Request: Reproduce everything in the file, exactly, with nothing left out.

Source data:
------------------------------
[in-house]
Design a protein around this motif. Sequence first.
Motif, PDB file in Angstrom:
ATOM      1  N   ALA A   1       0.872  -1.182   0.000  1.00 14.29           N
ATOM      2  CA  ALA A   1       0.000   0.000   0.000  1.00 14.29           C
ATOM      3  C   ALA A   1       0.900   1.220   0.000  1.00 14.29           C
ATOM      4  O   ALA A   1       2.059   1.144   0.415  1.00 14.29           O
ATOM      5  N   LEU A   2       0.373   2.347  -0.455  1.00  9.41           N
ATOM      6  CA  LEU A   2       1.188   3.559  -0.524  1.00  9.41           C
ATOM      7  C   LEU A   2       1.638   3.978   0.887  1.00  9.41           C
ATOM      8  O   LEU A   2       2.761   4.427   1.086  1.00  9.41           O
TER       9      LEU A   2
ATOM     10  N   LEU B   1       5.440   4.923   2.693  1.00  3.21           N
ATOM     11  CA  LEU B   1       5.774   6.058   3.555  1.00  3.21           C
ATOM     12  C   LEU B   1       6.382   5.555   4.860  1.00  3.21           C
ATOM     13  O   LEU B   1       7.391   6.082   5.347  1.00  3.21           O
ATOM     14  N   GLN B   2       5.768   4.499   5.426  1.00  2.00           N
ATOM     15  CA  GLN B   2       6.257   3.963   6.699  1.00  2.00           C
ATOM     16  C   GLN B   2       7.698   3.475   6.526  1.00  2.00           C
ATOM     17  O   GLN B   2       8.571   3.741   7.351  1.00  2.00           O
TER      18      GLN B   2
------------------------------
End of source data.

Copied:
[in-house]
Design a protein around this motif. Sequence first.
Motif, PDB file in Angstrom:
ATOM      1  N   ALA A   1       0.872  -1.182   0.000  1.00 14.29           N
ATOM      2  CA  ALA A   1       0.000   0.000   0.000  1.00 14.29           C
ATOM      3  C   ALA A   1       0.900   1.220   0.000  1.00 14.29           C
ATOM      4  O   ALA A   1       2.059   1.144   0.415  1.00 14.29           O
ATOM      5  N   LEU A   2       0.373   2.347  -0.455  1.00  9.41           N
ATOM      6  CA  LEU A   2       1.188   3.559  -0.524  1.00  9.41           C
ATOM      7  C   LEU A   2       1.638   3.978   0.887  1.00  9.41           C
ATOM      8  O   LEU A   2       2.761   4.427   1.086  1.00  9.41           O
TER       9      LEU A   2
ATOM     10  N   LEU B   1       5.440   4.923   2.693  1.00  3.21           N
ATOM     11  CA  LEU B   1       5.774   6.058   3.555  1.00  3.21           C
ATOM     12  C   LEU B   1       6.382   5.555   4.860  1.00  3.21           C
ATOM     13  O   LEU B   1       7.391   6.082   5.347  1.00  3.21           O
ATOM     14  N   GLN B   2       5.768   4.499   5.426  1.00  2.00           N
ATOM     15  CA  GLN B   2       6.257   3.963   6.699  1.00  2.00           C
ATOM     16  C   GLN B   2       7.698   3.475   6.526  1.00  2.00           C
ATOM     17  O   GLN B   2       8.571   3.741   7.351  1.00  2.00           O
TER      18      GLN B   2